The dead don't talk, but they have been known to file taxes.
Scamsters who gain access to the social security numbers of deceased Americans have fooled the Internal Revenue Service again and again. When Congress passed its budget bill last week, it attempted to end that fraud by walling off the nation's "Death Master File." But the premise, say forensic researchers and genealogists, is dead wrong.
The Death Master File, known to all who use it as the DMF, pools the death records of nearly everyone in the U.S. - who had a social security number - since 1936. A large swath of the information is offered via the file's public interface, the Social Security Death Index, and is used for everything from locating families of lost service personnel to finding the next of kin of those who are dying and unable to speak.
The data in the file also help forensic analysts work with geneticists to establish patterns of illness in order to qualify families for genetic testing, then track down family members at risk from killer diseases.
The drawback is that fraudsters around the world also use the DMF - which includes the social security numbers of dead people, who are not included in protective privacy laws - to hoodwink the Internal Revenue Service into sending them billions of dollars in tax refunds.
The budget bill includes a restriction on general access to the DMF to put a stop to this fraud and help save the Treasury $60 billion over the next fiscal year. The fact is, far from stamping out fraud, the restriction is likely to cost the nation just as much, if not more.
"Closing the Death Master File is ludicrous," said Melinde Lutz Byrne, one of the nation's top genealogists and part of a small group of forensic researchers at Boston University. They have banded together and for two years have fought similar proposals in Texas and Florida to block public access to the Death Master File.
"It is my opinion that the science of it all has bypassed our elected representatives and even the courts," she said.
The real problem, she and other experts say, is not the DMF, which millions of Americans rely on to track their ancestors, reunite families, locate heirs and guard against disease. It's the IRS and its inability to prevent fraud.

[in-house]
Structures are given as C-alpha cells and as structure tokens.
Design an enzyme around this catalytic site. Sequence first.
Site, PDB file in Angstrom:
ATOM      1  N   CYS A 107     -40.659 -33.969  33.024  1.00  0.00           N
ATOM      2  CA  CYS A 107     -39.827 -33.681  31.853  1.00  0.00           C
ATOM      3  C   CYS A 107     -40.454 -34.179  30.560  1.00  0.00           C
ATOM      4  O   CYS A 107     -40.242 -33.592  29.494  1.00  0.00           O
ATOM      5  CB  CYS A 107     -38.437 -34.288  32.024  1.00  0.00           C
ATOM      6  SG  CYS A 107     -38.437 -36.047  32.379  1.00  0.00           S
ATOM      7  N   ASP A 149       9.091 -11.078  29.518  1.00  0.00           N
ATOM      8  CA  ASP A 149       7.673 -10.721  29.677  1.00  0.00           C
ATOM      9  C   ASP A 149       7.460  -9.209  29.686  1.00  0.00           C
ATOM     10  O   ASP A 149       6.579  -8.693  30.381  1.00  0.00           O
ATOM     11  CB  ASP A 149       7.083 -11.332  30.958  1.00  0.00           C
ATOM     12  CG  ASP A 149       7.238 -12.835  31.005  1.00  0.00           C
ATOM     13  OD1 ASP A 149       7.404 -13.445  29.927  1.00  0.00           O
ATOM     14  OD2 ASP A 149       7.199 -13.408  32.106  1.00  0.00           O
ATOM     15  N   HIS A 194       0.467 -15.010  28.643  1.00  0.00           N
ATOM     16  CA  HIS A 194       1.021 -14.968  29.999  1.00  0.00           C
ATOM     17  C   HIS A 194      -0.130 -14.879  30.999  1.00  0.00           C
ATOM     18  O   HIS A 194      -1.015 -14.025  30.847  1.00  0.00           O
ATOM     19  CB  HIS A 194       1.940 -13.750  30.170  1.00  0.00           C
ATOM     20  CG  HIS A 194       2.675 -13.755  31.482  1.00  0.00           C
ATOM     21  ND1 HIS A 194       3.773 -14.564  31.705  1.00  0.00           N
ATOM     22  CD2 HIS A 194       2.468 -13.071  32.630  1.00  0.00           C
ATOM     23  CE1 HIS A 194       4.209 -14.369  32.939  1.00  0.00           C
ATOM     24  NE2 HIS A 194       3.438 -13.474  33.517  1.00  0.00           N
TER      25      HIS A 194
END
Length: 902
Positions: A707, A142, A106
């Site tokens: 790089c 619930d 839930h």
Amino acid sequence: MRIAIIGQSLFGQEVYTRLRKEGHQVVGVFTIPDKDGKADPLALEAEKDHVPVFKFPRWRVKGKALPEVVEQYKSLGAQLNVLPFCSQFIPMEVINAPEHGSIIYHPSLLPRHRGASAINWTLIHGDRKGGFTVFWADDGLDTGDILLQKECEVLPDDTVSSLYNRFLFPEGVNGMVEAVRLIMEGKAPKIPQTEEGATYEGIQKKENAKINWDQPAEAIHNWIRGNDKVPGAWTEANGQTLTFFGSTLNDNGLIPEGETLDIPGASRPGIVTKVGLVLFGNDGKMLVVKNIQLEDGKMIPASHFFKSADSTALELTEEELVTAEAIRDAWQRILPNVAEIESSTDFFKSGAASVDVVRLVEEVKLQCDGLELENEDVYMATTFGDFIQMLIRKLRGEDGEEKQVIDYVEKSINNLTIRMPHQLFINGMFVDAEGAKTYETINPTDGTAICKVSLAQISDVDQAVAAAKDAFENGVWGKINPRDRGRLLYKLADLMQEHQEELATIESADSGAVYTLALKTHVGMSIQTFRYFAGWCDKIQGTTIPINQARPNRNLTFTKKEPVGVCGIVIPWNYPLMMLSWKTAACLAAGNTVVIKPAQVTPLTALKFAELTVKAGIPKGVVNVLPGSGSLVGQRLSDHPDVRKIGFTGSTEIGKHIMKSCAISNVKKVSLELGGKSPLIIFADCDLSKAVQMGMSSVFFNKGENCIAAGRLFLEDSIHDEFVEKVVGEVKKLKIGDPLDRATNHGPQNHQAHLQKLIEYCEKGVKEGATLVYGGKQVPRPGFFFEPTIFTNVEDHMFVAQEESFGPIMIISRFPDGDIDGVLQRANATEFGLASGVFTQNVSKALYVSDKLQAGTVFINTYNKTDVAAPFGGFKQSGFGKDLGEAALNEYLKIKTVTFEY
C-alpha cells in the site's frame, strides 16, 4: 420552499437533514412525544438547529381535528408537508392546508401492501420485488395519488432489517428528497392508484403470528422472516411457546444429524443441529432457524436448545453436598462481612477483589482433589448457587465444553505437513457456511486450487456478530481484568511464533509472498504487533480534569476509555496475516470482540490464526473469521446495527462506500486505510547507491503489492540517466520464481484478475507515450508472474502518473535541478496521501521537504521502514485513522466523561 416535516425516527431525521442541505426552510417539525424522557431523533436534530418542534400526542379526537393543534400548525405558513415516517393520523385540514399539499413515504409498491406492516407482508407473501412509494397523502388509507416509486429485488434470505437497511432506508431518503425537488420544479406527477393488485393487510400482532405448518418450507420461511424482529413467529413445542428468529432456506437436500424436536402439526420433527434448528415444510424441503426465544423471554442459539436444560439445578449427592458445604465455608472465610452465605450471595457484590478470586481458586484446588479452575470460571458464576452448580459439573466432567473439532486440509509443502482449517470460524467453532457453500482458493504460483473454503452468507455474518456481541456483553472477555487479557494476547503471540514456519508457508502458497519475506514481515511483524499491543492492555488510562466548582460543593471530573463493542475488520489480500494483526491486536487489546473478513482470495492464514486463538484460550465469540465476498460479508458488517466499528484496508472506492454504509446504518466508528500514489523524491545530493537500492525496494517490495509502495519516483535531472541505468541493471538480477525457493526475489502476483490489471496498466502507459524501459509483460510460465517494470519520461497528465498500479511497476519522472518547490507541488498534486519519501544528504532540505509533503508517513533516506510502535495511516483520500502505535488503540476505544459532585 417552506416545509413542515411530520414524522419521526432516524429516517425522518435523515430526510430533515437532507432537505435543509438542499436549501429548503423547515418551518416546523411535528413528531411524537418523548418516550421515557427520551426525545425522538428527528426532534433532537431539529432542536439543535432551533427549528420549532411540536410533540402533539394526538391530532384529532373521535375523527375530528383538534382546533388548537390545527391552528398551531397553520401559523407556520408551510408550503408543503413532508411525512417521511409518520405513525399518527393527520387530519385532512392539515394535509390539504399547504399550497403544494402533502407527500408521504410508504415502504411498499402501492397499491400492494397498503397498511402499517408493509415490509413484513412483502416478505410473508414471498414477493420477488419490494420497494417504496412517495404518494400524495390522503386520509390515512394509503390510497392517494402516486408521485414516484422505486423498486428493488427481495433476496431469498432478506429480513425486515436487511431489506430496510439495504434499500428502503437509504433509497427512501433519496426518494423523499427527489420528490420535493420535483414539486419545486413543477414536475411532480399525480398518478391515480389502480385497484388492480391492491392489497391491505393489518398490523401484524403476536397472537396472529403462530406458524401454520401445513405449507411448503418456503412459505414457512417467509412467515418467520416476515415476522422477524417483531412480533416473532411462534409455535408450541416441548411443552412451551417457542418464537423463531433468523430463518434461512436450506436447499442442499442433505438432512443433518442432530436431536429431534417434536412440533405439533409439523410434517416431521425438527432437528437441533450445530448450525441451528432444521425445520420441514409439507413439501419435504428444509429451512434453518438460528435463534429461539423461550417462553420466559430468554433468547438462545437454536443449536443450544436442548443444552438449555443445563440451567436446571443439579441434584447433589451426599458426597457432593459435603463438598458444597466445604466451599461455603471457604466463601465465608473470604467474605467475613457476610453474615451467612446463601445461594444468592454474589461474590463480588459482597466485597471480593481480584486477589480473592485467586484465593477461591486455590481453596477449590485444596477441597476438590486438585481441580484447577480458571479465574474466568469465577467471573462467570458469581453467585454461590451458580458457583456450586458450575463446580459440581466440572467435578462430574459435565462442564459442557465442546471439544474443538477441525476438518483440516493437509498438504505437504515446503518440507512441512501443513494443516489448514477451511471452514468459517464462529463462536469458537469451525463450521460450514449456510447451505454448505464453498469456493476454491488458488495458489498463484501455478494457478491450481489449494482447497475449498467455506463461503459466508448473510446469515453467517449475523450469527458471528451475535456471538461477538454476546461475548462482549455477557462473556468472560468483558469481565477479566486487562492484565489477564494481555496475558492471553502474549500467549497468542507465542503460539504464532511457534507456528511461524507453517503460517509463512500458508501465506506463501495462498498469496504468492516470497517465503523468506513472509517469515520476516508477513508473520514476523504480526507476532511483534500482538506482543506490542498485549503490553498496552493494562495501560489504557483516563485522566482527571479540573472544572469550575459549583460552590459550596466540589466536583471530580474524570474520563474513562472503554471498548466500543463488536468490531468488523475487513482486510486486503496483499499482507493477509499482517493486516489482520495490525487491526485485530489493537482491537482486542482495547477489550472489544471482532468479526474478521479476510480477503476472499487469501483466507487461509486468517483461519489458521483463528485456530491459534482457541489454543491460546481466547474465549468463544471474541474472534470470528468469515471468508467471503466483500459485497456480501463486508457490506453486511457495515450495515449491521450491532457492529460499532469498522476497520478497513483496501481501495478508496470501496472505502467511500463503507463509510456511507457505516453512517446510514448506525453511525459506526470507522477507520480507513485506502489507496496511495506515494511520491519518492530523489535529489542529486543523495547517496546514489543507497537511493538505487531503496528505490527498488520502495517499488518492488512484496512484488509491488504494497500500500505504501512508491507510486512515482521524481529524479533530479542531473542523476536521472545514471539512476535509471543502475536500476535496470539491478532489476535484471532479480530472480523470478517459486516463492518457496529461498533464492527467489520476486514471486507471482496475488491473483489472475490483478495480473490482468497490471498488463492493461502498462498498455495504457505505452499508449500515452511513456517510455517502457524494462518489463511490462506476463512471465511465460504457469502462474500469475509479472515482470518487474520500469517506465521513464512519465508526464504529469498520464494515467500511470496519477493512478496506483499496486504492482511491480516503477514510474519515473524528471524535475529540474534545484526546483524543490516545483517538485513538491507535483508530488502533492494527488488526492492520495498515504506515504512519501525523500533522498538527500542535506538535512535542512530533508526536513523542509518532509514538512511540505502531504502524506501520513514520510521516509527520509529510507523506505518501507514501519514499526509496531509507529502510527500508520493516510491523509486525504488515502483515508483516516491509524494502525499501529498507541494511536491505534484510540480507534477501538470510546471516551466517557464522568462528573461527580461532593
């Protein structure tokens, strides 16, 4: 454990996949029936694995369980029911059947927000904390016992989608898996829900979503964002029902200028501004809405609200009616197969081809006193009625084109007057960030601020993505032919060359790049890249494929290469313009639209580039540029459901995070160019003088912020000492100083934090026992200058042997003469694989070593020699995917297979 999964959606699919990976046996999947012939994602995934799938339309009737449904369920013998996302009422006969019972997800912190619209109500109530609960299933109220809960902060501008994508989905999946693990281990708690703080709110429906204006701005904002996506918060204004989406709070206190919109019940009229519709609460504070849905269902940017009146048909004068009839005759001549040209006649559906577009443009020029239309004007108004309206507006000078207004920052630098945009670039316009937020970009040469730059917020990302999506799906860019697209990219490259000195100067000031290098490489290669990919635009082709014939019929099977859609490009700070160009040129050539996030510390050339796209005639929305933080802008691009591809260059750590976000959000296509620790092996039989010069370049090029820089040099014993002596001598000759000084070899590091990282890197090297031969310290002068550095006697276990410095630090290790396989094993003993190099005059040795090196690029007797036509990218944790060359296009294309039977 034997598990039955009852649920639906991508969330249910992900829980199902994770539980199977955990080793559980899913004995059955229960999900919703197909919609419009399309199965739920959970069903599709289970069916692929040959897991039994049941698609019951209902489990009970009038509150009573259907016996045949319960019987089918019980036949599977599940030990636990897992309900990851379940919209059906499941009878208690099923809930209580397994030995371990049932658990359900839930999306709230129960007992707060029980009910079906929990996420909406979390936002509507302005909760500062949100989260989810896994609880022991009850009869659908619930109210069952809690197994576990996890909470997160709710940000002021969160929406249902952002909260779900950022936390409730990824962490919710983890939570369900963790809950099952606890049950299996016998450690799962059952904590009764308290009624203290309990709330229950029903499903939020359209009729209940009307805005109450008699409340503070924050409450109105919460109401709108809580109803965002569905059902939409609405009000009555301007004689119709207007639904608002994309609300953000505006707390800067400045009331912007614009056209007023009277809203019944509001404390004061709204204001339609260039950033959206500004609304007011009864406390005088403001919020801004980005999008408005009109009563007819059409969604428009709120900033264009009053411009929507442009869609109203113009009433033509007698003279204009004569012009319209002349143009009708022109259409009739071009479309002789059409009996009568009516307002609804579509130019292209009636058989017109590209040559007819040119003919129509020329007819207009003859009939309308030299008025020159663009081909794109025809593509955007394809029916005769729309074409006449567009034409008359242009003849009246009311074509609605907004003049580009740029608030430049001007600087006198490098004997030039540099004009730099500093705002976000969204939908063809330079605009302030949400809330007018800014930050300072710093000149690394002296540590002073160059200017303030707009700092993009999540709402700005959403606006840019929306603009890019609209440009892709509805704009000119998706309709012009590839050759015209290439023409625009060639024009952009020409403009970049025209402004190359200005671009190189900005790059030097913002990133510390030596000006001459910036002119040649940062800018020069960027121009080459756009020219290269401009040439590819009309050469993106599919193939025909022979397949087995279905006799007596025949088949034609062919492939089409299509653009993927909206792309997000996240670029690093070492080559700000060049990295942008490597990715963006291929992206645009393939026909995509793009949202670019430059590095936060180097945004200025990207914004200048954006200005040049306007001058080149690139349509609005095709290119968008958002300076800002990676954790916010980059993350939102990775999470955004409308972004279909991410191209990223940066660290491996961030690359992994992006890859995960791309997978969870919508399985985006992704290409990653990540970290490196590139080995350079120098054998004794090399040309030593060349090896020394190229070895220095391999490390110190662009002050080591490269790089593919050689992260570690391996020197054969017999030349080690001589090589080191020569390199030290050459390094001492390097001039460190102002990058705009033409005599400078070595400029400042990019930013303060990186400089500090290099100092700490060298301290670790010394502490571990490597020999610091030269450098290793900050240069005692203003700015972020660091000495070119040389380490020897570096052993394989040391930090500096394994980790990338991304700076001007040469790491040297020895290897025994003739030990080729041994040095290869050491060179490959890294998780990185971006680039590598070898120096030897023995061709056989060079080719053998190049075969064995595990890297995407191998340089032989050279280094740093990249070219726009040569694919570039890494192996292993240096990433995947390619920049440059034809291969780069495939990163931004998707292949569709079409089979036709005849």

"The IRS is handing out money like candy - and nobody wants to acknowledge it," said Sharon Sergeant, a forensic researcher, technologist and tax-software programmer who strongly supports the Boston University group. "Why isn't it checking to make sure dead people aren't getting tax returns? Somebody who reads the obituaries and makes up a social security number the right way, according to the algorithm, can file a tax return and get a payment. It's got nothing to do with the Death Master File. It has everything to do with the IRS not doing its job."
In fact, because the DMF has long been used by financial institutions as well as the IRS, to ascertain whether someone is dead or alive, putting the DMF behind closed doors will only increase fraud, Lutz Byrne says. "It's not going to stop fraud, because it's not the source of the fraud. It's killing the messenger. The DMF is what allows you to stop the fraud. I wonder if the IRS is now sending out more money than it's taking in."
According to a September report from the Treasury Inspector General for Tax Administration, the IRS doled out more than $3.6 billion of what appears to be fraudulently filed tax returns in 2011, the latest tax year for which it has data. Of that total, only a fraction came from dead individuals - about $70 million. And there's no evidence those individuals' data was mined from the DMF.
Much of the problem of inappropriate refunds could be helped by the IRS simply checking to see if a person is dead before sending them a return. After all, it has unrestricted access to the DMF.
"Identity theft continues to be a serious and growing problem, which has a significant impact on tax administration," the Treasury said in its audit. "Undetected tax refund fraud results in significant unintended federal outlays and erodes taxpayer confidence in the federal tax system."